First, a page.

LAFAYETTE — Karma Nightclub & Lounge, a large downtown bar often at loggerheads with state regulators and city-parish government, has closed.
Attorneys for the owner of the Jefferson Street building where the two-story bar was located confirmed Wednesday that Karma has packed up, resolving an eviction lawsuit filed last month alleging the bar owners did not make monthly rent payments of $18,634 for November and December.
“We’ve entered into an agreement, and they have moved out,” said attorney Stuart Breaux, who represents property owner Canuck Real Estate.
The nightclub was the largest downtown, with a capacity of 1,300, and crowds were often seen lined up along Jefferson Street on Friday and Saturday nights waiting to get in.
Karma’s management could not be reached for comment Wednesday, and an attorney who represents the club did not return a message left at his law office.
The closure comes after Karma had entered an agreement in October with the state Office of Alcohol and Tobacco Control to make several security improvements following an extensive ATC investigation into alcohol sales to minors, drug use and violence at the club.
The club’s liquor license was on the line if the improvements were not made.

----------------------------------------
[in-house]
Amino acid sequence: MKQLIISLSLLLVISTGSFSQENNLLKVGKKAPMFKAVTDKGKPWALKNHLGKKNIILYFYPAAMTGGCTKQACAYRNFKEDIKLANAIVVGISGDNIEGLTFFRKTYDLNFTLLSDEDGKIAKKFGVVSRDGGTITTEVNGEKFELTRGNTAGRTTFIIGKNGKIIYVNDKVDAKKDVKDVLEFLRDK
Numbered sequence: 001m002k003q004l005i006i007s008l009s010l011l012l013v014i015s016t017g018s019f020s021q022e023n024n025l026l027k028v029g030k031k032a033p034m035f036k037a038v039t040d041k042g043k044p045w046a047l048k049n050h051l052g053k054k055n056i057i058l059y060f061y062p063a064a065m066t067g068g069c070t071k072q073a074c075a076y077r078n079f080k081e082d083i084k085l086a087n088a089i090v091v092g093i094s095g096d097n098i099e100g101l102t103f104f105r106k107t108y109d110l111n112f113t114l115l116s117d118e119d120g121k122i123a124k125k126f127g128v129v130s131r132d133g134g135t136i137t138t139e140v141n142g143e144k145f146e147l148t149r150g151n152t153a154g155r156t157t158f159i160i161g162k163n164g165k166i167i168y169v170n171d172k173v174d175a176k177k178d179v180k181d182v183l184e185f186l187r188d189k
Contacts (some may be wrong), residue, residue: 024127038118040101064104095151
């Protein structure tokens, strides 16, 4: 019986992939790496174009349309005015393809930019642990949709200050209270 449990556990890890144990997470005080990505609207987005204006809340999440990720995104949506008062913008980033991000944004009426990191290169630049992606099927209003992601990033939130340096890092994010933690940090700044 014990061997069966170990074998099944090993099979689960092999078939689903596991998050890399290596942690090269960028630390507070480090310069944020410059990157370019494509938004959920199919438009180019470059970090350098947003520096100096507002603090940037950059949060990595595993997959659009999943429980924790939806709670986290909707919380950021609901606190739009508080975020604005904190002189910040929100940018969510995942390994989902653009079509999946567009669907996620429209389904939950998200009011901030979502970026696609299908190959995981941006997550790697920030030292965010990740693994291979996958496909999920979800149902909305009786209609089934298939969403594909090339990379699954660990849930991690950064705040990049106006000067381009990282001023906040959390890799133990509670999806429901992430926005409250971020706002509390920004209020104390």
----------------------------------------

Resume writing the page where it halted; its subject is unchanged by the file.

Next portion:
The agreement called on Karma to install video surveillance cameras inside and outside of the club, to pick up trash around the club during and after events, to notify Lafayette police when large crowds were expected, and to staff 8 to 15 security guards per night, depending on the size of the expected crowd.
The agreement also called on the nightclub to use ID scanners to better detect fake IDs, implement a no-smoking policy on a trial basis and wind down music at 1:45 a.m. — 15 minutes before the 2 a.m. closing time.
The no-smoking policy was in part strategy to curb marijuana use in the club, ATC Commissioner Troy Hebert said at the time.
Karma was also one of the main plaintiffs in a federal lawsuit filed by a group of downtown bar owners in 2012 to strike down a security fee that was used to help pay for beefed-up police patrols when weekend crowds descended on the strip of bars along Jefferson Street downtown.
The Lafayette City-Parish Parish Council approved the special security fee in 2009, but the federal lawsuit prompted the council to suspend collection of the fee pending the outcome of the litigation.
The assessment ranged from $150 to $5,000 a month per bar, depending on capacity — a mandatory payment that some bar owners argue is an unconstitutional tax.
Several of the bars had stopped paying the fee even before the lawsuit was filed, and the litigation came as city-parish government was moving to suspend the liquor licenses for up to a year for non payment.